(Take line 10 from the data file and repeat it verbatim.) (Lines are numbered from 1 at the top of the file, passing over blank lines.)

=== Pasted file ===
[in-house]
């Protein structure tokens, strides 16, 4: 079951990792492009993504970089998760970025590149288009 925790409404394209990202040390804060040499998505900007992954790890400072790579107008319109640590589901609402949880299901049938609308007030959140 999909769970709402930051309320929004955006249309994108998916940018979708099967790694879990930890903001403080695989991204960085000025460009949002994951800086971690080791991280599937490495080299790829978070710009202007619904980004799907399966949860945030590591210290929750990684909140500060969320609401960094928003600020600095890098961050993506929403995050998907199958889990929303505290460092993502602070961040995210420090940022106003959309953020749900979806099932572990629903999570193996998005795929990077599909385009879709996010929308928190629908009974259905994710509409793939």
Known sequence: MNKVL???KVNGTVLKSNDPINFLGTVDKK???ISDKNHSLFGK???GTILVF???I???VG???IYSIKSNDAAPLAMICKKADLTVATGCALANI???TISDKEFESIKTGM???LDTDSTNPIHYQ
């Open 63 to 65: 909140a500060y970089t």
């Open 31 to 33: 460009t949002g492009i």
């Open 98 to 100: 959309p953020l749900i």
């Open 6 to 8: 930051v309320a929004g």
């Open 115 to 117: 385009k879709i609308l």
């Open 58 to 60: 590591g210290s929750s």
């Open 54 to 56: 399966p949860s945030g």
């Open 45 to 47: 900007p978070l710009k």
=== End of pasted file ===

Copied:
């Open 54 to 56: 399966p949860s945030g």